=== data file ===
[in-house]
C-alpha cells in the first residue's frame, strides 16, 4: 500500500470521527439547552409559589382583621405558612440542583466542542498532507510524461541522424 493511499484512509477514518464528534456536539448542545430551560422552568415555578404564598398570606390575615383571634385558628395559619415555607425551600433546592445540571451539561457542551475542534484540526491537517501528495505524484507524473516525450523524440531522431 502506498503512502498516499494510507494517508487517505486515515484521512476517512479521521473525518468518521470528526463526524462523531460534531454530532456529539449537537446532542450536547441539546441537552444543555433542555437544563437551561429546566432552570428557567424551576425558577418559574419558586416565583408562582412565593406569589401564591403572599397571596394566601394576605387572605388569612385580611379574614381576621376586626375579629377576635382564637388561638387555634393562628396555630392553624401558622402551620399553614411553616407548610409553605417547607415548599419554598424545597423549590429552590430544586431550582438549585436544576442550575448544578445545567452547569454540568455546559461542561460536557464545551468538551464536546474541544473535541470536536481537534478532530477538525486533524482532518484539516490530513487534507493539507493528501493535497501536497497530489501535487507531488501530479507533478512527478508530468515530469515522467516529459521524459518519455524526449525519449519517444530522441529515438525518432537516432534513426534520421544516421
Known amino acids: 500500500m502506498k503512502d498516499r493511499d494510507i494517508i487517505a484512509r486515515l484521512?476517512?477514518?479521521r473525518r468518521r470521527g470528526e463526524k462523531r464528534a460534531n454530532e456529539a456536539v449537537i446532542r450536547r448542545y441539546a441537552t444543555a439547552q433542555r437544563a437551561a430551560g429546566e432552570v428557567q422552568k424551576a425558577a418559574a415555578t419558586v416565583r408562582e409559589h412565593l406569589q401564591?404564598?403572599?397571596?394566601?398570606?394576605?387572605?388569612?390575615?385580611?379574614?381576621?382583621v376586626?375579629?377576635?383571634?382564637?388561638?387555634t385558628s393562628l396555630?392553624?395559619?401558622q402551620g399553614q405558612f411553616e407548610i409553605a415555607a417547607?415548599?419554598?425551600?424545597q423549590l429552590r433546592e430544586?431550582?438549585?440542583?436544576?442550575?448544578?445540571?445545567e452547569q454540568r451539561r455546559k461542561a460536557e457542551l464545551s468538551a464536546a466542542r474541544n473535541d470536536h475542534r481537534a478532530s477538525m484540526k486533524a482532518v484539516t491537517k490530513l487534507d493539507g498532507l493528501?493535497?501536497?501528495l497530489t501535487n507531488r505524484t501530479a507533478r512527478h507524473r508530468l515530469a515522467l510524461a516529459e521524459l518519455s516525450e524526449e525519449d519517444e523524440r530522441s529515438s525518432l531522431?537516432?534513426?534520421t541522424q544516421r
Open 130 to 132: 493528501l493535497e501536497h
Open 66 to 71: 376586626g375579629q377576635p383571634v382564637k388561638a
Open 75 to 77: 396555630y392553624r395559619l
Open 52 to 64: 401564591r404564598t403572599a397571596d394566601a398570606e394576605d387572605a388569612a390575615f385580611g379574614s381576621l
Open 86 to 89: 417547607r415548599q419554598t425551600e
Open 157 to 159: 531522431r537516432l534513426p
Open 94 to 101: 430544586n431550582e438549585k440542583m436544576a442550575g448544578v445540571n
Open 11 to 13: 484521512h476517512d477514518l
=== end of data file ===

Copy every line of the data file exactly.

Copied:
[in-house]
C-alpha cells in the first residue's frame, strides 16, 4: 500500500470521527439547552409559589382583621405558612440542583466542542498532507510524461541522424 493511499484512509477514518464528534456536539448542545430551560422552568415555578404564598398570606390575615383571634385558628395559619415555607425551600433546592445540571451539561457542551475542534484540526491537517501528495505524484507524473516525450523524440531522431 502506498503512502498516499494510507494517508487517505486515515484521512476517512479521521473525518468518521470528526463526524462523531460534531454530532456529539449537537446532542450536547441539546441537552444543555433542555437544563437551561429546566432552570428557567424551576425558577418559574419558586416565583408562582412565593406569589401564591403572599397571596394566601394576605387572605388569612385580611379574614381576621376586626375579629377576635382564637388561638387555634393562628396555630392553624401558622402551620399553614411553616407548610409553605417547607415548599419554598424545597423549590429552590430544586431550582438549585436544576442550575448544578445545567452547569454540568455546559461542561460536557464545551468538551464536546474541544473535541470536536481537534478532530477538525486533524482532518484539516490530513487534507493539507493528501493535497501536497497530489501535487507531488501530479507533478512527478508530468515530469515522467516529459521524459518519455524526449525519449519517444530522441529515438525518432537516432534513426534520421544516421
Known amino acids: 500500500m502506498k503512502d498516499r493511499d494510507i494517508i487517505a484512509r486515515l484521512?476517512?477514518?479521521r473525518r468518521r470521527g470528526e463526524k462523531r464528534a460534531n454530532e456529539a456536539v449537537i446532542r450536547r448542545y441539546a441537552t444543555a439547552q433542555r437544563a437551561a430551560g429546566e432552570v428557567q422552568k424551576a425558577a418559574a415555578t419558586v416565583r408562582e409559589h412565593l406569589q401564591?404564598?403572599?397571596?394566601?398570606?394576605?387572605?388569612?390575615?385580611?379574614?381576621?382583621v376586626?375579629?377576635?383571634?382564637?388561638?387555634t385558628s393562628l396555630?392553624?395559619?401558622q402551620g399553614q405558612f411553616e407548610i409553605a415555607a417547607?415548599?419554598?425551600?424545597q423549590l429552590r433546592e430544586?431550582?438549585?440542583?436544576?442550575?448544578?445540571?445545567e452547569q454540568r451539561r455546559k461542561a460536557e457542551l464545551s468538551a464536546a466542542r474541544n473535541d470536536h475542534r481537534a478532530s477538525m484540526k486533524a482532518v484539516t491537517k490530513l487534507d493539507g498532507l493528501?493535497?501536497?501528495l497530489t501535487n507531488r505524484t501530479a507533478r512527478h507524473r508530468l515530469a515522467l510524461a516529459e521524459l518519455s516525450e524526449e525519449d519517444e523524440r530522441s529515438s525518432l531522431?537516432?534513426?534520421t541522424q544516421r
Open 130 to 132: 493528501l493535497e501536497h
Open 66 to 71: 376586626g375579629q377576635p383571634v382564637k388561638a
Open 75 to 77: 396555630y392553624r395559619l
Open 52 to 64: 401564591r404564598t403572599a397571596d394566601a398570606e394576605d387572605a388569612a390575615f385580611g379574614s381576621l
Open 86 to 89: 417547607r415548599q419554598t425551600e
Open 157 to 159: 531522431r537516432l534513426p
Open 94 to 101: 430544586n431550582e438549585k440542583m436544576a442550575g448544578v445540571n
Open 11 to 13: 484521512h476517512d477514518l